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The 1981 PATCO Strike

Forty years ago, in August 1981, over 12,000 members of the Professional Air Traffic Controllers Organization (PATCO) walked off the job after contract negotiations with the Federal Aviation Administration (FAA) broke down. President Ronald Reagan ordered them to return to work, and after 48 hours fired those who did not (Schalch).

PATCO was established in 1968 (Schalch, Lippert). During the 1970s, it was successful in using a series of slowdowns and sick-outs to gain retirement and retraining benefits for its members, air traffic controllers employed by the federal government, who were both at least 50 years old and had worked for at least 20 years (Lippert). In the 1980 presidential election, PATCO endorsed Reagan, who had previously been the president of the¬†Screen Actors Guild, in his successful bid to defeat incumbent President Jimmy Carter. In a letter to PATCO president Robert Poli in October 1980, Reagan wrote “I pledge to you that my administration will work very closely with you to bring about a spirit of cooperation between the President and the air traffic controllers” (Pardlo).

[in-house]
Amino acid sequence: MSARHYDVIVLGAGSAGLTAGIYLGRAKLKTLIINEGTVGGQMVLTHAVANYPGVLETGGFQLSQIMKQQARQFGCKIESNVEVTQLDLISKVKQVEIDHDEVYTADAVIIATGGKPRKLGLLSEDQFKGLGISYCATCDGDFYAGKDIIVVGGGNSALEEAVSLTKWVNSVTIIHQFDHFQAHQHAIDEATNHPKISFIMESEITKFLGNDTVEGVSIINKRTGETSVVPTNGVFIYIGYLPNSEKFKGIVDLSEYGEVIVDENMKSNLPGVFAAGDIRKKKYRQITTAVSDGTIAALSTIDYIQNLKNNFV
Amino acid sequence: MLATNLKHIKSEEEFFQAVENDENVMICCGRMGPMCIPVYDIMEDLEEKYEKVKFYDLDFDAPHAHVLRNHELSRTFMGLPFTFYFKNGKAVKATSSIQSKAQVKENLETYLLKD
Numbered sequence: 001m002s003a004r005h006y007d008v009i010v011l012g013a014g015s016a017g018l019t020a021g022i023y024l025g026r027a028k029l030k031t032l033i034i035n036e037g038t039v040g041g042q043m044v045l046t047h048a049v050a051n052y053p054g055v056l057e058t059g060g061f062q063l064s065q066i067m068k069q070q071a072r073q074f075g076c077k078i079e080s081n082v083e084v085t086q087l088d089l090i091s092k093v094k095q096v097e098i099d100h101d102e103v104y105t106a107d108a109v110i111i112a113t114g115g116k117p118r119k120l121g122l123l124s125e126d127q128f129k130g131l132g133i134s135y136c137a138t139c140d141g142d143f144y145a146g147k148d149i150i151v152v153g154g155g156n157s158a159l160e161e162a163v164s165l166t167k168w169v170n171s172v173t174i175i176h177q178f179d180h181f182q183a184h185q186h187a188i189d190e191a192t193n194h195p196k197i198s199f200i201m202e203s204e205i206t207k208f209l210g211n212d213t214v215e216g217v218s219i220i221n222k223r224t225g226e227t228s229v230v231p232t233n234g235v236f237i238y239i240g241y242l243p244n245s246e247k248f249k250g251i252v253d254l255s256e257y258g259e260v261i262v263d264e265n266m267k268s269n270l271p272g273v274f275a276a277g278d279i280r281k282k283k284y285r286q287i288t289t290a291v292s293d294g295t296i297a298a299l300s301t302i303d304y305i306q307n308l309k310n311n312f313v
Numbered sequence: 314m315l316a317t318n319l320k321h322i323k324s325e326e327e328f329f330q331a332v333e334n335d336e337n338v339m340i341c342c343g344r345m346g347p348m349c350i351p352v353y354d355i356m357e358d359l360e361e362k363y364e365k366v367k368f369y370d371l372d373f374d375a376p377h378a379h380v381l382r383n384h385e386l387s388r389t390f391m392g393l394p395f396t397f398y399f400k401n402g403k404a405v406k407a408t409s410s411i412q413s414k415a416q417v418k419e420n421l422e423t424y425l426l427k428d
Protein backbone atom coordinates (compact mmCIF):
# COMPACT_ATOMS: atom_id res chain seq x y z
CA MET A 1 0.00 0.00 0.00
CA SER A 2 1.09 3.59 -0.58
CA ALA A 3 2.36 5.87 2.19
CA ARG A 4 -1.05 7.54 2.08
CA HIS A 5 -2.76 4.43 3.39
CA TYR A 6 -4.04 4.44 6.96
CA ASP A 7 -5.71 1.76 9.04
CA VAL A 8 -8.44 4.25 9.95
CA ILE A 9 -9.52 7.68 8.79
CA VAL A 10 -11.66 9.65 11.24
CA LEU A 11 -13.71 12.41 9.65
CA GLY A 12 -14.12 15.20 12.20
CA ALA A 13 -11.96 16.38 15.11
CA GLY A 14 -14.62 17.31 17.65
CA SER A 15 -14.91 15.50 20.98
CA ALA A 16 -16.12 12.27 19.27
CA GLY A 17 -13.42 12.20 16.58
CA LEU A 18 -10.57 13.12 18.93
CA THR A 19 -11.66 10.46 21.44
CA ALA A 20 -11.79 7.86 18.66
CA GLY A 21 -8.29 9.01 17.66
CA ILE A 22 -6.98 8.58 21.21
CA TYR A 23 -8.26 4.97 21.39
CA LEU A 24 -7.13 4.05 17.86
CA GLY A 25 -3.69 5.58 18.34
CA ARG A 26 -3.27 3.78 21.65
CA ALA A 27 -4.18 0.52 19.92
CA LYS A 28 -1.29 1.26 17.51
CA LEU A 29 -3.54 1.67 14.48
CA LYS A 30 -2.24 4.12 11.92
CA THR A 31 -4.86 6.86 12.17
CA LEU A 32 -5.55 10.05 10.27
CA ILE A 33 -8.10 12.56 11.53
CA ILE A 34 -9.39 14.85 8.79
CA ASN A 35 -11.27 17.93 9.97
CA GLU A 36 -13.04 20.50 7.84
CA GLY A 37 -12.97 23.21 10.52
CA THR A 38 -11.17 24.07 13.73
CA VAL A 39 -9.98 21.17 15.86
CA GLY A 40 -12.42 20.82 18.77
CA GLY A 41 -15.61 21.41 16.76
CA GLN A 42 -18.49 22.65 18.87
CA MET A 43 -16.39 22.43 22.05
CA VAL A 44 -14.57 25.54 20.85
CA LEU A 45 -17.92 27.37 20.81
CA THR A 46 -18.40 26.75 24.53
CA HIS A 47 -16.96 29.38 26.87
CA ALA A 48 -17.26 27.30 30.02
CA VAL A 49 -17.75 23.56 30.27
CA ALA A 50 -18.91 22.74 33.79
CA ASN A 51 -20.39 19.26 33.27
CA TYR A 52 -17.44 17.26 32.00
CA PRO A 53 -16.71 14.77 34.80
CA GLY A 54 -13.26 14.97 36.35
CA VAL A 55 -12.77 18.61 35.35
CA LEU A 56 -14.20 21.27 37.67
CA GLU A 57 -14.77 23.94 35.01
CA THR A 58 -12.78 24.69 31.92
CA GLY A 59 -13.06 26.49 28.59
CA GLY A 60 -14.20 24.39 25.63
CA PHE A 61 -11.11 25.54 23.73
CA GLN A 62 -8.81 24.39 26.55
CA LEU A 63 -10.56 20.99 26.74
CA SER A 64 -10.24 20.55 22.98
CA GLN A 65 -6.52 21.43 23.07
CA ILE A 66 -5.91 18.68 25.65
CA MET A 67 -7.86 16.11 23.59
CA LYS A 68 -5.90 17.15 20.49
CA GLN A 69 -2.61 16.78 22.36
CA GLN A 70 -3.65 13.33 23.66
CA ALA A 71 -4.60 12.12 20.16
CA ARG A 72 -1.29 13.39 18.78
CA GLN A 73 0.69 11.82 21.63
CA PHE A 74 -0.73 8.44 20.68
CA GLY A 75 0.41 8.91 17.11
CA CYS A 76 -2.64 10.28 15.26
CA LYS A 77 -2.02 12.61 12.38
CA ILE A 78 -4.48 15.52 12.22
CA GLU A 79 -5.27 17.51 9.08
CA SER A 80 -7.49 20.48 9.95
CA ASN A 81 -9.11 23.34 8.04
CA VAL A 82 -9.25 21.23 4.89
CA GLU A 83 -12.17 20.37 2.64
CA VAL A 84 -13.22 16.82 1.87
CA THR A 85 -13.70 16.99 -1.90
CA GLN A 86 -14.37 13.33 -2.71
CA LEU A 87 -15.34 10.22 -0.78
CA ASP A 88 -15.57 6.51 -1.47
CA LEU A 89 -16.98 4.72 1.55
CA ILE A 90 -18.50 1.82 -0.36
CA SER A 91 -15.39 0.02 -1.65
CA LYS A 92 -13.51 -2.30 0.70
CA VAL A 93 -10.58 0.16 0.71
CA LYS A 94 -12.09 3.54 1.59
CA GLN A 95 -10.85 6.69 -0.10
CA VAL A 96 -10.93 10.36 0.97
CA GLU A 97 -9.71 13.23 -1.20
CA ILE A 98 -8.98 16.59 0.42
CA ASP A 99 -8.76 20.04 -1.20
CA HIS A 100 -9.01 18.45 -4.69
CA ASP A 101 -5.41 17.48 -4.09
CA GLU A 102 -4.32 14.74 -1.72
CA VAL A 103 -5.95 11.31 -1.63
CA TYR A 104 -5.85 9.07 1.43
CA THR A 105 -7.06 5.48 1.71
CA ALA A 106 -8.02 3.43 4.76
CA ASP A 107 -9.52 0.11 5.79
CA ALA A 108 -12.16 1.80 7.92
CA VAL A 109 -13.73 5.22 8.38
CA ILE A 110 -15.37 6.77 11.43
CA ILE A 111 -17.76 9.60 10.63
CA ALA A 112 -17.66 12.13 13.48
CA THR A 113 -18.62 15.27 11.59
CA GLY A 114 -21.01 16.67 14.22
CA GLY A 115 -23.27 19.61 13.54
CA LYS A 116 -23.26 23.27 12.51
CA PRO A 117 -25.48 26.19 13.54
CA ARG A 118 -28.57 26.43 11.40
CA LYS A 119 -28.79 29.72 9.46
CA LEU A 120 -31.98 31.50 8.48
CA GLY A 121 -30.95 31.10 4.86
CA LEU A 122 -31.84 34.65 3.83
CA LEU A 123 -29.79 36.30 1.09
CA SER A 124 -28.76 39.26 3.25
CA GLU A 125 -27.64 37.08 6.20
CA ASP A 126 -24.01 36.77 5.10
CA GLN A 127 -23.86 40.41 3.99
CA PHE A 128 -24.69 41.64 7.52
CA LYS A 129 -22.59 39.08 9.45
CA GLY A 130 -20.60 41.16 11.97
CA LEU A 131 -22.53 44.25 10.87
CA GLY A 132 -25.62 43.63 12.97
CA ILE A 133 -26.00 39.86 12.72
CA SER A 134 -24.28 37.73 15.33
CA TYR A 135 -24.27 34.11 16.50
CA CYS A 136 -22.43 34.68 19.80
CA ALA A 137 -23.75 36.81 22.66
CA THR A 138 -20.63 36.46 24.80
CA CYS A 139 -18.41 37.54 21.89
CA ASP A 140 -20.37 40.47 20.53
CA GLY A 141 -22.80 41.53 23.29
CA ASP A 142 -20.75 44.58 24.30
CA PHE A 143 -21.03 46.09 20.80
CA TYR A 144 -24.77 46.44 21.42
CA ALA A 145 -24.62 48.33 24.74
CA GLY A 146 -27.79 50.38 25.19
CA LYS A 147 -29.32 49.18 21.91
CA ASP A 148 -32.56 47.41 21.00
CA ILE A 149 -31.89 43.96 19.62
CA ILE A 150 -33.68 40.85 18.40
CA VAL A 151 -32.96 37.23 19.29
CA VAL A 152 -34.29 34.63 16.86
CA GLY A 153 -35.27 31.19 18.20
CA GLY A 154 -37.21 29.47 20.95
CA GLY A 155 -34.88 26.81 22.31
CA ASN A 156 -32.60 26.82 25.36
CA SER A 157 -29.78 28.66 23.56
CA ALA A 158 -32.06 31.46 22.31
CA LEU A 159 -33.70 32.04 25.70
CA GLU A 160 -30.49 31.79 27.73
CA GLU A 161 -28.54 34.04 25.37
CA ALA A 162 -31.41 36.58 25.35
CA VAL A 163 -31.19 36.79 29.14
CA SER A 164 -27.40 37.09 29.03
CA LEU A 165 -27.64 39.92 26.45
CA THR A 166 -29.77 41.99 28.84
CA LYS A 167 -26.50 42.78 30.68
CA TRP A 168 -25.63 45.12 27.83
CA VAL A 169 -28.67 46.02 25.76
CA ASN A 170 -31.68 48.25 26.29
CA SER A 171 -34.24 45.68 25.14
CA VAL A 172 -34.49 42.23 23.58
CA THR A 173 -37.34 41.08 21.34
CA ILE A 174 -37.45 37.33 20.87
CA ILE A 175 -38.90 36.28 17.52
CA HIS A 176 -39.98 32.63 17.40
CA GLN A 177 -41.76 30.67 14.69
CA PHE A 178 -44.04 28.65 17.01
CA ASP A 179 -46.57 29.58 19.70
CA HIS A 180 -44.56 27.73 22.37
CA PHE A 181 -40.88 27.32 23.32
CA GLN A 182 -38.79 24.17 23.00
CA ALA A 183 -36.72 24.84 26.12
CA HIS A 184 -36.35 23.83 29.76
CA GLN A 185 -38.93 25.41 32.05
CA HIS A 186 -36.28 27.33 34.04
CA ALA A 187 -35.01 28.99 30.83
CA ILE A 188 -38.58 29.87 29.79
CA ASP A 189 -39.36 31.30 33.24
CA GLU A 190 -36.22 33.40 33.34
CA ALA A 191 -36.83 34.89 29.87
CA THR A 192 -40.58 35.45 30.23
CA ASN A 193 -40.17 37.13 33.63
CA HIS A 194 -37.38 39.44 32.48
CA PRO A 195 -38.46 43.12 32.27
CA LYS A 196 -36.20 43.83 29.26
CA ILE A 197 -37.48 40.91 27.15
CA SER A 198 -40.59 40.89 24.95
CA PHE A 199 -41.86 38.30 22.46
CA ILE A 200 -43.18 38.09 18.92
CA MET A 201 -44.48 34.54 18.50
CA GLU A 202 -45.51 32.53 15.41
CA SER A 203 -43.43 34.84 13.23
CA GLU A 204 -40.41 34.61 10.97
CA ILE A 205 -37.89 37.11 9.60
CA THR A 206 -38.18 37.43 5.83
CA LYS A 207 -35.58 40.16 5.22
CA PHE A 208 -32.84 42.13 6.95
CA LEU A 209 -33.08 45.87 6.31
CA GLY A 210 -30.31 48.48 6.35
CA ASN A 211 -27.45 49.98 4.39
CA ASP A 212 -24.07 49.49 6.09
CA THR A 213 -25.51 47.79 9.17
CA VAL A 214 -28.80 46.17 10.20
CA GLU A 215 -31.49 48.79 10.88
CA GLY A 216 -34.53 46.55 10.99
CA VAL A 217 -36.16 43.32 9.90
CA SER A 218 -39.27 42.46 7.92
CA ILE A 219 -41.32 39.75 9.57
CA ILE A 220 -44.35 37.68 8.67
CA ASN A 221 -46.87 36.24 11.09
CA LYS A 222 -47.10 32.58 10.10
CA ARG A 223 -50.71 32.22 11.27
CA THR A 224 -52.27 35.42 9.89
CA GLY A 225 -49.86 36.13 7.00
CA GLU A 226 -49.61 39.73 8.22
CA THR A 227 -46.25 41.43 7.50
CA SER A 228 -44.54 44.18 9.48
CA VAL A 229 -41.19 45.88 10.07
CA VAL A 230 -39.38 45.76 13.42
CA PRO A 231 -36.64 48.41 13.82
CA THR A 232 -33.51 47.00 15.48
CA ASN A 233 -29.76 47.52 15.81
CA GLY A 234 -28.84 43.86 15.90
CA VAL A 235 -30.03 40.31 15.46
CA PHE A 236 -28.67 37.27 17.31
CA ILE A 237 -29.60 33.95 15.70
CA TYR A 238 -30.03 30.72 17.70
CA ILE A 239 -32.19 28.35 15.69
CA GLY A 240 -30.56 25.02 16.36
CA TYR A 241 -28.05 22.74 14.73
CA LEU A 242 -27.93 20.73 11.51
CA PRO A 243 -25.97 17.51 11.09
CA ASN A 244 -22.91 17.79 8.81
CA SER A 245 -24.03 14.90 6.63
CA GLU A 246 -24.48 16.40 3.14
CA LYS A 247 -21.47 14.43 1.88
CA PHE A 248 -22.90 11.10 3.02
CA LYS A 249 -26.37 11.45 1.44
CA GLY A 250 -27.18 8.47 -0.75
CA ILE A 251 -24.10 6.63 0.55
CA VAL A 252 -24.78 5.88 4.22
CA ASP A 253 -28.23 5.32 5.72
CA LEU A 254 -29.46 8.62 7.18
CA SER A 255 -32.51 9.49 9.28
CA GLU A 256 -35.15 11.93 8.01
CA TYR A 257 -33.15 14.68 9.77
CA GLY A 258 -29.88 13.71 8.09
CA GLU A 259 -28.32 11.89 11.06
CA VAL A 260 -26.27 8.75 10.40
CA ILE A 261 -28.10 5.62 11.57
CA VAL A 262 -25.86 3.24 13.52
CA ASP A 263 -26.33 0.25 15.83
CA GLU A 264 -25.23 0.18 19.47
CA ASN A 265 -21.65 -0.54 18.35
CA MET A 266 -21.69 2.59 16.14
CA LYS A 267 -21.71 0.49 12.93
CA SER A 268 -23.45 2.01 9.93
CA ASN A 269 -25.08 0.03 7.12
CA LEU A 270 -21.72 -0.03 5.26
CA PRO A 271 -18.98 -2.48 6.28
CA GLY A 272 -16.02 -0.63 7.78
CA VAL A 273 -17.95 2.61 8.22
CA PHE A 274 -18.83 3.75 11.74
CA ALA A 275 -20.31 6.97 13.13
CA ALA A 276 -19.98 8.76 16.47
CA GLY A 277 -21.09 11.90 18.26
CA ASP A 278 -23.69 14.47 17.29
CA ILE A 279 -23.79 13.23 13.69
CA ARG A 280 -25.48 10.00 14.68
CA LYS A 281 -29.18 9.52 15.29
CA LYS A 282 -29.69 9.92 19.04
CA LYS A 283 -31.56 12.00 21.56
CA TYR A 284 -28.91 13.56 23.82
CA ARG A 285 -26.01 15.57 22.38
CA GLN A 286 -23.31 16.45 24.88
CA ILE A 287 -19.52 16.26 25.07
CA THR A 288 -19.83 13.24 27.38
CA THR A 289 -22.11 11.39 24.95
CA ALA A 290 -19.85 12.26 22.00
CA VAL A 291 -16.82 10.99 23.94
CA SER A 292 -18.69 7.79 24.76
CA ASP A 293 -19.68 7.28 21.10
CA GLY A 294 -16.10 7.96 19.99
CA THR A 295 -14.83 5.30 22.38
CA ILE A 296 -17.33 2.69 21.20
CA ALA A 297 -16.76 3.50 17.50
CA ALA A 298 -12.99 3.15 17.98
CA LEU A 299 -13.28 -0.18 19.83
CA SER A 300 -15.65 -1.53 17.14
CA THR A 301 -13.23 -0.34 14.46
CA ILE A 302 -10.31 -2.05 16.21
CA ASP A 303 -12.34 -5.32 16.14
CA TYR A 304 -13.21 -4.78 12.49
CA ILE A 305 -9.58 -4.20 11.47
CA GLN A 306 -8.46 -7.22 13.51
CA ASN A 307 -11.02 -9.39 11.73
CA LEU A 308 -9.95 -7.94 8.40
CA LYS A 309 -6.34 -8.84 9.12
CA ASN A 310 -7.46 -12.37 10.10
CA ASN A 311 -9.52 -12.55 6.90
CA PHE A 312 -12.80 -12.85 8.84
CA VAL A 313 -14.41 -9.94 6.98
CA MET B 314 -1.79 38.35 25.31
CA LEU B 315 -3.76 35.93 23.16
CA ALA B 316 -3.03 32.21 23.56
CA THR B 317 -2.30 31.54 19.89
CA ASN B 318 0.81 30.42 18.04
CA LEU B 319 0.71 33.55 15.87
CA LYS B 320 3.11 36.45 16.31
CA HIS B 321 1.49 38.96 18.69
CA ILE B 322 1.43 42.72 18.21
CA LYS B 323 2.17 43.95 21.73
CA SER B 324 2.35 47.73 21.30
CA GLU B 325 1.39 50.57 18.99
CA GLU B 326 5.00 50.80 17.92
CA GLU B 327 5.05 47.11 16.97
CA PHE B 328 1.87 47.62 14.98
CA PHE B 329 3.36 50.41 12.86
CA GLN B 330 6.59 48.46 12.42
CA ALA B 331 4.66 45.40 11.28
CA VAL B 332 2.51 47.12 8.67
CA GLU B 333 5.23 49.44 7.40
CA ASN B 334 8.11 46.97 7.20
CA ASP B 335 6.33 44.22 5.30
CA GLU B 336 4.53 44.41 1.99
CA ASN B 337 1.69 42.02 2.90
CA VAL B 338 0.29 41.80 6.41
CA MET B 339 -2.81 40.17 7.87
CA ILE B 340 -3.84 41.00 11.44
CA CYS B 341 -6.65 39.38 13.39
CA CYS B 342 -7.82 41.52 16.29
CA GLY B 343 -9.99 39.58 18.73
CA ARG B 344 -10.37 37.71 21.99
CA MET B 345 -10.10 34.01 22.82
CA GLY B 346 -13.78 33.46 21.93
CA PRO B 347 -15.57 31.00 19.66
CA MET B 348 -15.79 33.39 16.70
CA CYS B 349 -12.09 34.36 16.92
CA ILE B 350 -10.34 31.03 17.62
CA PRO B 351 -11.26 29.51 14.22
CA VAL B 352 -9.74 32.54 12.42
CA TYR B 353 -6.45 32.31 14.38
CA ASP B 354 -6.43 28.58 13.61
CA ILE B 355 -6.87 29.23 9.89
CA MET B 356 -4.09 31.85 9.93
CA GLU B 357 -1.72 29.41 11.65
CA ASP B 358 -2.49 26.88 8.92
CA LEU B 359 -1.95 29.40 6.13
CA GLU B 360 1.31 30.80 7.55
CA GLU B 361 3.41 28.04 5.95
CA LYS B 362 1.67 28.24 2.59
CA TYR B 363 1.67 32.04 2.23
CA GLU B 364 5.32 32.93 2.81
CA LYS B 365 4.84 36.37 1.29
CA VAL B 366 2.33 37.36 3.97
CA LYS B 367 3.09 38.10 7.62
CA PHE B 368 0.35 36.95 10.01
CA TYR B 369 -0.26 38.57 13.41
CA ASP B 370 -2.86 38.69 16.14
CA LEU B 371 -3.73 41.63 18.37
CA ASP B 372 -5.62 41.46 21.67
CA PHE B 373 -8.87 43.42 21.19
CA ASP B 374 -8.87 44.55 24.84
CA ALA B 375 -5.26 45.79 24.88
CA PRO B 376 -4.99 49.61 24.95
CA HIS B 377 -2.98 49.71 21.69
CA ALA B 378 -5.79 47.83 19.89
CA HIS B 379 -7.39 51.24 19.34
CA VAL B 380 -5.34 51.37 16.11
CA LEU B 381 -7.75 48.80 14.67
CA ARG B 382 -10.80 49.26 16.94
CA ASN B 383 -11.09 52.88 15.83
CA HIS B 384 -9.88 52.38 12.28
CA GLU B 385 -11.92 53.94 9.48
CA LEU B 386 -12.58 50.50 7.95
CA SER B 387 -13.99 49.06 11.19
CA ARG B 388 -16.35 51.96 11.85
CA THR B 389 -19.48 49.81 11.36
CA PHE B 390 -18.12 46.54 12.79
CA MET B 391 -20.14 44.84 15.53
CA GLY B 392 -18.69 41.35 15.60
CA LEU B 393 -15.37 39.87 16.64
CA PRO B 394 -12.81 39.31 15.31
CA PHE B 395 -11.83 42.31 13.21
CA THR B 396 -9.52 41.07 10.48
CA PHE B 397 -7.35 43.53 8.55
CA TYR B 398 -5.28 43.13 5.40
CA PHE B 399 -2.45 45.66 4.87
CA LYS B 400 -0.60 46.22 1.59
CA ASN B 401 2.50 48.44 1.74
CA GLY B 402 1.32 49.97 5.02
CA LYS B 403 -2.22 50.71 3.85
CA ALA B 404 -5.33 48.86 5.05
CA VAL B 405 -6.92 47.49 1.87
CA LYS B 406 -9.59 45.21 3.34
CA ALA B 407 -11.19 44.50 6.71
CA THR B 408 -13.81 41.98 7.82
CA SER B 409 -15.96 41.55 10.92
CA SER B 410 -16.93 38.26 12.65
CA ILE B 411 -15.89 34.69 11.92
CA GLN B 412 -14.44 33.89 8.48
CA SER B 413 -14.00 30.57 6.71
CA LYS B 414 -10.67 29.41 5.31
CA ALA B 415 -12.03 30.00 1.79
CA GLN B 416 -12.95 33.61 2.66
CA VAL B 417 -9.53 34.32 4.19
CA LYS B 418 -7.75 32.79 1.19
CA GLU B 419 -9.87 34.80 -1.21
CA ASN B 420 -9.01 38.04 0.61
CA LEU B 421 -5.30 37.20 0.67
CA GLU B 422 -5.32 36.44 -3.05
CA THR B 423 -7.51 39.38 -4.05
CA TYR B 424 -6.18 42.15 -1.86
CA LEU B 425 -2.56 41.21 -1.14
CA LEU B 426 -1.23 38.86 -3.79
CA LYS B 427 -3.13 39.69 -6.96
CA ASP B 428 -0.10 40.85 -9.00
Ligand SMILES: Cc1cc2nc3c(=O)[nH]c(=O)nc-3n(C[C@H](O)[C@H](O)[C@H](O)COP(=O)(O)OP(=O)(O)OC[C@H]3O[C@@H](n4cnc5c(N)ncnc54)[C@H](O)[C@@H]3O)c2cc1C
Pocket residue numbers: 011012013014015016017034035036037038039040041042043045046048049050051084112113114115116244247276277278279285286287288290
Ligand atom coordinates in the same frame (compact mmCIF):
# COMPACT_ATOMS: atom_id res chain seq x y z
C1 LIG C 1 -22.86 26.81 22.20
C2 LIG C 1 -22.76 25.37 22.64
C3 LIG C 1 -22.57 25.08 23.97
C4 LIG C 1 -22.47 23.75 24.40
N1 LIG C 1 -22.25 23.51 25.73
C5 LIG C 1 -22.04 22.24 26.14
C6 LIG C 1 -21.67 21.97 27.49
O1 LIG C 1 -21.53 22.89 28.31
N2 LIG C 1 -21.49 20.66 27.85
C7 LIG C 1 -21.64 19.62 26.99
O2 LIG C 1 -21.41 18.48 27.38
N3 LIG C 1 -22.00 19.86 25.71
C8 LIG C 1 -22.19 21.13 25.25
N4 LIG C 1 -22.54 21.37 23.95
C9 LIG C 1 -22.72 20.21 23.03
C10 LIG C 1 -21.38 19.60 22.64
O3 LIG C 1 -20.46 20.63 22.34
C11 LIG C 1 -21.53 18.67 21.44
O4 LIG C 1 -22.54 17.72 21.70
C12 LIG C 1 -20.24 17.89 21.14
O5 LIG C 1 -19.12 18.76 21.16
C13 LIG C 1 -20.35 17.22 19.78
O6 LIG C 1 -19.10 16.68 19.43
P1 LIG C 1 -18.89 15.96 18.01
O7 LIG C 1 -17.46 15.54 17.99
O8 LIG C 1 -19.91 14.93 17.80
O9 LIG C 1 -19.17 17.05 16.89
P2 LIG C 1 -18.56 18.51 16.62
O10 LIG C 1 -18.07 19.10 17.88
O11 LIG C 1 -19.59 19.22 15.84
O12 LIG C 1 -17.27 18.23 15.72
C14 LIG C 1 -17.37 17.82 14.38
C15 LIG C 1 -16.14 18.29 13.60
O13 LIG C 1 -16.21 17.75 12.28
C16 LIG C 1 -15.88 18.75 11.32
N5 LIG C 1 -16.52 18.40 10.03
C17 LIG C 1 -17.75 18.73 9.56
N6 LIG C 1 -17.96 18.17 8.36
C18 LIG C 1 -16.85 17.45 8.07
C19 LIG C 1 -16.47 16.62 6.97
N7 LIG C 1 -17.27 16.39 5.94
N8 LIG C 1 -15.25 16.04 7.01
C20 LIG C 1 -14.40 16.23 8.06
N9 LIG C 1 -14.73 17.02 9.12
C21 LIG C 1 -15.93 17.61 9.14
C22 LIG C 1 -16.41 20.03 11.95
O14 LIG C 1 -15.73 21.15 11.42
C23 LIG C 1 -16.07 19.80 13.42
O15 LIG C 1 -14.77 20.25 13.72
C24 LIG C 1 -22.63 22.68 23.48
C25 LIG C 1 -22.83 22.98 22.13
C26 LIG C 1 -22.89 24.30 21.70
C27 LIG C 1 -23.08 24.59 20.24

History Site

In August 1981, over 12,000 members of the Professional Air Traffic Controllers Organization (PATCO) walked off the job after contract negotiations with the Federal Aviation Administration (FAA) broke down.

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